The newly elected St. Paul Public Schools board member, Jeanelle (Jeannie) Foster, completed her first committee of the board meeting Tuesday evening. She’ll cast her first vote at the regular board meeting next Tuesday, where the board is slated to vote on a motion to adjust school start times for the 2018-19 school year.
While it’s not specified in the motion, in response to research-backed best practices, the adjustment will likely include later start times for secondary students. At least that’s what Board Chair Jon Schumacher and Treasurer Steve Marchese have been adamant about up to this point. Board Member Chue Vue still has reservations about how elementary students — who would be starting earlier — might be impacted by the switch. And he’s concerned about the projected $2 million to $4 million price tag since the district is already running a deficit. It’s also investing in a superintendent search after buying out former superintendent Valeria Silva.
“I think that the motion, itself, seems to suggest flexibility. But in my mind, I think the intent here is later start times for secondary kids will happen and the other pieces will just have to fit in,” Vue said at the meeting. “That may not be prudent, in my opinion, with a limited resource that we have, with a lot of achievement and other issues we’re having right now.”
Schumacher defended the motion, as currently written, saying there will be time to work through all of the roadblocks so that any benefits to high schoolers do not come at the expense of younger students and their parents.
“I would say that this motion allows for the kinds of concerns you have to find solutions and that will be a primary focus — to make sure this does meet the needs of all our students,” he replied.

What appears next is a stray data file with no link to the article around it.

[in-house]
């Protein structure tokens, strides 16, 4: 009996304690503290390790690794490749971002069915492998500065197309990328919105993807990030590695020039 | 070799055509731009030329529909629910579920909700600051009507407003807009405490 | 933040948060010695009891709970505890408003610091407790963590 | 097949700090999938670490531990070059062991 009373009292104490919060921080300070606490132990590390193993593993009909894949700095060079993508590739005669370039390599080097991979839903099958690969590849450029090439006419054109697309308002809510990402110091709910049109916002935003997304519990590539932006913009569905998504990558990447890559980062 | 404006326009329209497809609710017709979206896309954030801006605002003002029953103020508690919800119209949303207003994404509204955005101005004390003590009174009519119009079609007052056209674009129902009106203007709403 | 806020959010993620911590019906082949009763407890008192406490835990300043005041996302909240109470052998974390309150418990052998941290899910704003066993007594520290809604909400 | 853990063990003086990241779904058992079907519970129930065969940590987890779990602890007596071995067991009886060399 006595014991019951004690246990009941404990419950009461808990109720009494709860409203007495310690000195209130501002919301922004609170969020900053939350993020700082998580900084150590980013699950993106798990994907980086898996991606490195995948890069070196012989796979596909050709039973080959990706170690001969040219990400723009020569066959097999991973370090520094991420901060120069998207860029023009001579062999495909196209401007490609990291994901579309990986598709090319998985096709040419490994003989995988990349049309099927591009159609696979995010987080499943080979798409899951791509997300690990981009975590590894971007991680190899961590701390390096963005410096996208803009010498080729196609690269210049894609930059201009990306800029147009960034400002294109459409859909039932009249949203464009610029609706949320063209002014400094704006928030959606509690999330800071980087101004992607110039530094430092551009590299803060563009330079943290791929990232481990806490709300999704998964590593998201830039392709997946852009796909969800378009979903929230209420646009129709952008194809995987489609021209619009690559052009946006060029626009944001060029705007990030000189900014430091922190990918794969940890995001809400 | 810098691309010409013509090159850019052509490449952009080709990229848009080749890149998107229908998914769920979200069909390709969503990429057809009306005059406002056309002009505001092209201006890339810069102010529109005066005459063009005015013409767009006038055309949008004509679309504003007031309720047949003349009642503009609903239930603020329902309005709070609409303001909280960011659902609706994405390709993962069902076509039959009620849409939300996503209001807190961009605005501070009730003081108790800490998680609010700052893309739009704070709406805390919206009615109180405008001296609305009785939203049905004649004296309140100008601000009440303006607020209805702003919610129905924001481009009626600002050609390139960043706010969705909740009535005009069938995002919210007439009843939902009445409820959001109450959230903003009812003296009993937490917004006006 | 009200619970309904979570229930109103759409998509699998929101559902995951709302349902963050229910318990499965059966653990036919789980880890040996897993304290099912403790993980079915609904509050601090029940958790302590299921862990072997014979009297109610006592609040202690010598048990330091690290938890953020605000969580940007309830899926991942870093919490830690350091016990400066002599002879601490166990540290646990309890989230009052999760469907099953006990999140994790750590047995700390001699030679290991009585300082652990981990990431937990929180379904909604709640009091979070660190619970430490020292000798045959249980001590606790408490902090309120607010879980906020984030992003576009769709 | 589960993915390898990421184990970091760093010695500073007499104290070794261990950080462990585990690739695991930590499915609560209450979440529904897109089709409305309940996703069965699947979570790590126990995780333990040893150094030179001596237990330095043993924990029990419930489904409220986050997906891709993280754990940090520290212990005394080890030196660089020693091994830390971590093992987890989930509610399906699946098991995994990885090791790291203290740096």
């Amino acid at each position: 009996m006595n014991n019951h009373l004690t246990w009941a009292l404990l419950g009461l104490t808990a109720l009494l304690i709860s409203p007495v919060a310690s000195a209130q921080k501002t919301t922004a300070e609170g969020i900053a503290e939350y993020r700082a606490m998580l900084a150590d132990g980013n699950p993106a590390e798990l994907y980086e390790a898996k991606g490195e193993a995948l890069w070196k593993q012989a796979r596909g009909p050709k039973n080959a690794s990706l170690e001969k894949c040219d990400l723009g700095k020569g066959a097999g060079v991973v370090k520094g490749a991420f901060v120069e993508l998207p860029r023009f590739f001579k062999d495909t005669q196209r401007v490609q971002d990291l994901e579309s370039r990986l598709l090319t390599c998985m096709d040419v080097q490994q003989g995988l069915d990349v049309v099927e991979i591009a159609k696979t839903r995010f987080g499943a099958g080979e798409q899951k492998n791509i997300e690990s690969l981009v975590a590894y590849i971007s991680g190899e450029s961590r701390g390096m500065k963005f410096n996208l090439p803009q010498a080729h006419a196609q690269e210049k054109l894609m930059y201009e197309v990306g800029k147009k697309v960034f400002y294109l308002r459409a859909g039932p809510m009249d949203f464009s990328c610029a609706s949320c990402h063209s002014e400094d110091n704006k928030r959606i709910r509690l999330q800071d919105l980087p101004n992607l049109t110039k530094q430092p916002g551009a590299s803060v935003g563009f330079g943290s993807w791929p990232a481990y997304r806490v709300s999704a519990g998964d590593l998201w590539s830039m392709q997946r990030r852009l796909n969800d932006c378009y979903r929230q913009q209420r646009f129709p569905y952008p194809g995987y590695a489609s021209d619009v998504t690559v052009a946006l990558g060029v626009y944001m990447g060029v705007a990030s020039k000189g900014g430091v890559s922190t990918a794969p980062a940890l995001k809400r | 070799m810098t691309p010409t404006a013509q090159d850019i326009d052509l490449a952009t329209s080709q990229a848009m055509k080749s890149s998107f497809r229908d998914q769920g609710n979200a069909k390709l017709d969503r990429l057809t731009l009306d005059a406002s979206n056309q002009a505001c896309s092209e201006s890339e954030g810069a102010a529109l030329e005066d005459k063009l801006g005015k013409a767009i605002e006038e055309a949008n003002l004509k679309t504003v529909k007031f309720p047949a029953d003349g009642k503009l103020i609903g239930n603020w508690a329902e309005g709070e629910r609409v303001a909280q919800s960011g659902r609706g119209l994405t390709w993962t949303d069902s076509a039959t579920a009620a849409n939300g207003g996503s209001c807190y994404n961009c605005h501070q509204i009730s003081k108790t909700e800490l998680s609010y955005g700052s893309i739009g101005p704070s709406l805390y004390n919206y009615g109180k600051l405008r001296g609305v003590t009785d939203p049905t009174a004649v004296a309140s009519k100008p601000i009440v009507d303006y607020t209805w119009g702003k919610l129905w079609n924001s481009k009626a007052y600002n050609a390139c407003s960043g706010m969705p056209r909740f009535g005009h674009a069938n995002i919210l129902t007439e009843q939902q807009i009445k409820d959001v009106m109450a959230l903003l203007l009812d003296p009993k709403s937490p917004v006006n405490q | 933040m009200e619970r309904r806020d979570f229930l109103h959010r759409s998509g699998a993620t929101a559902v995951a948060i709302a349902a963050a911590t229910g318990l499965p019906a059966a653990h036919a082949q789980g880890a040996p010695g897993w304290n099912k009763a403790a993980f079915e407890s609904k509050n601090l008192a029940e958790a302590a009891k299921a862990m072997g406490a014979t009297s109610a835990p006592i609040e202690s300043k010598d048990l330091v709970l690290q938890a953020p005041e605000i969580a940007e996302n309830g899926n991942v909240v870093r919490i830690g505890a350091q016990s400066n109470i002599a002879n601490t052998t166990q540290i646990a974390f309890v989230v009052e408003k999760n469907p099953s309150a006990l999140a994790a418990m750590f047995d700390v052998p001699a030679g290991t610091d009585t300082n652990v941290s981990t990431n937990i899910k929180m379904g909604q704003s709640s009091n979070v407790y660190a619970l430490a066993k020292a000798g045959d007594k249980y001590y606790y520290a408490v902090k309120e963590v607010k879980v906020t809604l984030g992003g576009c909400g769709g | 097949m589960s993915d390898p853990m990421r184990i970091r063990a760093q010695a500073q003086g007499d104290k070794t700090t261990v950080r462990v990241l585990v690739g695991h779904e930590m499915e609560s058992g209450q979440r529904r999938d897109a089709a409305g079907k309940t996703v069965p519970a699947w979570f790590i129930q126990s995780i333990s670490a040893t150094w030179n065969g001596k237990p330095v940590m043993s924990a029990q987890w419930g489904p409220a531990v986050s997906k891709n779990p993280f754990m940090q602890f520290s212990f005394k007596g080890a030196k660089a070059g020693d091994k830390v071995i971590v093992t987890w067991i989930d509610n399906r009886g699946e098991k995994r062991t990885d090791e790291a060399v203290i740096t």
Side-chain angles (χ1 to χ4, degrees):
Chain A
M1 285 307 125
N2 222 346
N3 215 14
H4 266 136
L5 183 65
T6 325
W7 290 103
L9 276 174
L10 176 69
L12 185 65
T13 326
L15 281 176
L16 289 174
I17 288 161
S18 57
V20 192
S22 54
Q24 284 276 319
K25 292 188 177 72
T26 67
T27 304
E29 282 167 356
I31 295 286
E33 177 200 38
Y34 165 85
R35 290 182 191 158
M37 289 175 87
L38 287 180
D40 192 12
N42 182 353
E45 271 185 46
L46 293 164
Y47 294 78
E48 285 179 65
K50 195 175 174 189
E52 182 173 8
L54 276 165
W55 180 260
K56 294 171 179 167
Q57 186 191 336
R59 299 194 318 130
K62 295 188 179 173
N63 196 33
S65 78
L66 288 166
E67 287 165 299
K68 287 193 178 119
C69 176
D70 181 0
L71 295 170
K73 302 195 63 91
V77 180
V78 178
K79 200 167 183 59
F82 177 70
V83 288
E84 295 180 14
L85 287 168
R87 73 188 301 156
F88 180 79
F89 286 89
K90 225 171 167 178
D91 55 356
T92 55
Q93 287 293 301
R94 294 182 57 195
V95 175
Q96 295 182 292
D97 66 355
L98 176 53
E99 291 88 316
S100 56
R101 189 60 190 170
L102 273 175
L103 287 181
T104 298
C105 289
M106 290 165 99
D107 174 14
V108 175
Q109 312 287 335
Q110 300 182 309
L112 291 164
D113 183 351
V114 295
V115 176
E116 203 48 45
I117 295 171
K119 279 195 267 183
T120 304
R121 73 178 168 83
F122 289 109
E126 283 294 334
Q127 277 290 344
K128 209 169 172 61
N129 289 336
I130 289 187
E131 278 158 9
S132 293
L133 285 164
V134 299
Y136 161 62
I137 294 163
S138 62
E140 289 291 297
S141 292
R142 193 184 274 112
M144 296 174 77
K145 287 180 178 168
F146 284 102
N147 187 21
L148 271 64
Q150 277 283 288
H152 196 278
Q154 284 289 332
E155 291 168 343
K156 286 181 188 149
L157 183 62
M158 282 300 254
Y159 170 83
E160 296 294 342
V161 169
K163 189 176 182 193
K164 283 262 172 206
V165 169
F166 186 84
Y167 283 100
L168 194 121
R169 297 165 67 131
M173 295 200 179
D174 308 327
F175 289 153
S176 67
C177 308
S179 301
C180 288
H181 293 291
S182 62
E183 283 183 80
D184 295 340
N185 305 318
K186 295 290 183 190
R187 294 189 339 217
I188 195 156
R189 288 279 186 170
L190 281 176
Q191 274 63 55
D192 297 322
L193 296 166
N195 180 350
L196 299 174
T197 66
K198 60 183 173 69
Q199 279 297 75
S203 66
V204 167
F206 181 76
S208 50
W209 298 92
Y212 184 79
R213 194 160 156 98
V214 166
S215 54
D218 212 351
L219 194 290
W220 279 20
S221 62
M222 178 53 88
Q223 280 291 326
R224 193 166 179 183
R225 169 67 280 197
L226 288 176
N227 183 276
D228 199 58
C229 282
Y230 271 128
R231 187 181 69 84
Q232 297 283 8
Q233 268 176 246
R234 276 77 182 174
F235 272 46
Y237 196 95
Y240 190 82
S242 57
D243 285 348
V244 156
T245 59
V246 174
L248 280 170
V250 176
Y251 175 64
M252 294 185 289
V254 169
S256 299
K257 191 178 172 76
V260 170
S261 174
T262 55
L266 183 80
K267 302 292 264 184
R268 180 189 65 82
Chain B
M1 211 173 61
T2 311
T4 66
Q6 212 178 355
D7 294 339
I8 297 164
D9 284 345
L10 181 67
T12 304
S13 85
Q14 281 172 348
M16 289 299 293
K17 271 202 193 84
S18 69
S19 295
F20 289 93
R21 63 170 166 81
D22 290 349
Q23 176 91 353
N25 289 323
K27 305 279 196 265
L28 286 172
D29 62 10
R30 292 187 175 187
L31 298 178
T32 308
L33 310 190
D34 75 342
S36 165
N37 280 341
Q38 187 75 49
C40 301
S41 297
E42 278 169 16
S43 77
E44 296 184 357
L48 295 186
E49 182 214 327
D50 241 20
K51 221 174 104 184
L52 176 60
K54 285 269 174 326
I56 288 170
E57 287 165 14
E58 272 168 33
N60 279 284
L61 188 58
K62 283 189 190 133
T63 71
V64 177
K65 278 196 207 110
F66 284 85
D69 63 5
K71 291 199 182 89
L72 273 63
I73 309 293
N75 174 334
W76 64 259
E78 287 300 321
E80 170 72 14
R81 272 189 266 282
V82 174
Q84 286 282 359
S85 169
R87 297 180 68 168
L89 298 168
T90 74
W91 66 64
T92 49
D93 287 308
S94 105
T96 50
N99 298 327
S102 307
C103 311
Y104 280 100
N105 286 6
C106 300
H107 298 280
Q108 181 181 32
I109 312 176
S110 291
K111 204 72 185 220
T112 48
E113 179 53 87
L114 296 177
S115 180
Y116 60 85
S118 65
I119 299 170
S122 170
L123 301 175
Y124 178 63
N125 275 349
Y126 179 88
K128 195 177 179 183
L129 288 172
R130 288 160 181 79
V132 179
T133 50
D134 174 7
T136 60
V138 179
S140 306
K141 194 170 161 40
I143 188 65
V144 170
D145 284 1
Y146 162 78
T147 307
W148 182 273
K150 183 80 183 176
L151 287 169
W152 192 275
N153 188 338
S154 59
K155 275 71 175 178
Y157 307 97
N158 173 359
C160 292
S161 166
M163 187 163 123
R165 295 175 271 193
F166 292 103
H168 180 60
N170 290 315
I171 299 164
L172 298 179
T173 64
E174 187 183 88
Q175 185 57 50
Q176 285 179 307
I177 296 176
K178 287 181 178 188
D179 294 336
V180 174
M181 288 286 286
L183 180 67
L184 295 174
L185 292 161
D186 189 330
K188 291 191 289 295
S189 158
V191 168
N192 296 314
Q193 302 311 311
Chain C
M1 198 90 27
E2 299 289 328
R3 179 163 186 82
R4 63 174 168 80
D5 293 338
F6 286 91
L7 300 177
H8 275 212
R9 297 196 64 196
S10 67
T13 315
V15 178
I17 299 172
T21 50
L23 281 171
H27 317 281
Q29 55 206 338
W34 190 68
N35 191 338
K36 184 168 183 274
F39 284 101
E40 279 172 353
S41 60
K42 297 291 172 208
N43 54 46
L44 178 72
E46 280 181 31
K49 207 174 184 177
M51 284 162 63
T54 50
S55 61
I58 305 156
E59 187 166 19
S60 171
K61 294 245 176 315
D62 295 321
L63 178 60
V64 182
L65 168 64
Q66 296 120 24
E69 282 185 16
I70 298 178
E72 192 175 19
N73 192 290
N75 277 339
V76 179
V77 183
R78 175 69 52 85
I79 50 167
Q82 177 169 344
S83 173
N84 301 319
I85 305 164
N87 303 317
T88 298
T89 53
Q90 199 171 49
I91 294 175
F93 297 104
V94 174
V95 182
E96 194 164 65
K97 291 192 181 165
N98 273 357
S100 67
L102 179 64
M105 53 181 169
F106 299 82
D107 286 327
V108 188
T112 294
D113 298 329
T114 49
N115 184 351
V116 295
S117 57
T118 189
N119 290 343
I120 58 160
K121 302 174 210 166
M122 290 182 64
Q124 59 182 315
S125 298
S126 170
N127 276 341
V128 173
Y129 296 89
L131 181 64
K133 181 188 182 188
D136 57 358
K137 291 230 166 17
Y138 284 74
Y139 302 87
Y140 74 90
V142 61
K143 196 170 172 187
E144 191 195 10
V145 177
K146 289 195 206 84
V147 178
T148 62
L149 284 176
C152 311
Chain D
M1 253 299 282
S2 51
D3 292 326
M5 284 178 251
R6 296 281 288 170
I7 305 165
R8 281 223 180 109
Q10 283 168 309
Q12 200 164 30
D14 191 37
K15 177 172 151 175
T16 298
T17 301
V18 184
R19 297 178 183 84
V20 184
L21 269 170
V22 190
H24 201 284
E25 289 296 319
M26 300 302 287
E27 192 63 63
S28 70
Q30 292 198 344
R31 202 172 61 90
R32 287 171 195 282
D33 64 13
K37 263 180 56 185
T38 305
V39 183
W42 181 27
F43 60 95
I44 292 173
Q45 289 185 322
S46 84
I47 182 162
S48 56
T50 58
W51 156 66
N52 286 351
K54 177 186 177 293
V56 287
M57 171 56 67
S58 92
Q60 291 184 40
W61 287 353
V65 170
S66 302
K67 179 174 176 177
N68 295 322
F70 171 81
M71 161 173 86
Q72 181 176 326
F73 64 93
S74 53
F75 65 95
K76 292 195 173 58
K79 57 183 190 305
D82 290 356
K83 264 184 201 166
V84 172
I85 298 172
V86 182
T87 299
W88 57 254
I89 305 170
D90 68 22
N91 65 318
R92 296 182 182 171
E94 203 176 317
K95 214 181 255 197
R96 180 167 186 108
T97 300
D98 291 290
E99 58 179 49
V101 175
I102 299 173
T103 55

Regardless of the outcome next Tuesday, one thing’s for sure: This is one of many divisive issues the next superintendent will inherit. Interim Superintendent John Thein would like to see the board take action on it soon, so his successor inherits a project with a to-do list rather than a contentious point of indecision.
“I’m looking forward to starting the process so when our new leader … comes on board that he or she will be able to hit the ground running with this project. A good deal of the legwork will be done,” Thein said at the start of the meeting.
Update on the search
Kaohly Her, board administrator, offered a review of the nationwide superintendent search process thus far and previewed some of the upcoming opportunities for community engagement.
Back in late September, the board consulted with Jerry Robicheau — a friend of Thein’s well-versed in superintendent searches. Out of that meeting, the board decided to move in the direction of hiring an external search firm to help recruit and vet candidates. A selection committee reviewed all search-firm applications and recommended three firms for the board to interview on Nov. 14. The next day, the board offered a contract to Iowa-based Ray and Associates. The contract is being finalized.
While all of this was taking shape, the board had begun working with consultants through the Dispute Resolution Institute at Mitchell Hamline School of Law and the Minnesota State Office for Collaboration and Dispute Resolution. At no cost to the district, these consultants began working with members of Parent Advisory Councils, district staff, families and more to create a design team to lead the community engagement process. The design team met to figure out how and when community feedback would be collected throughout the superintendent search process.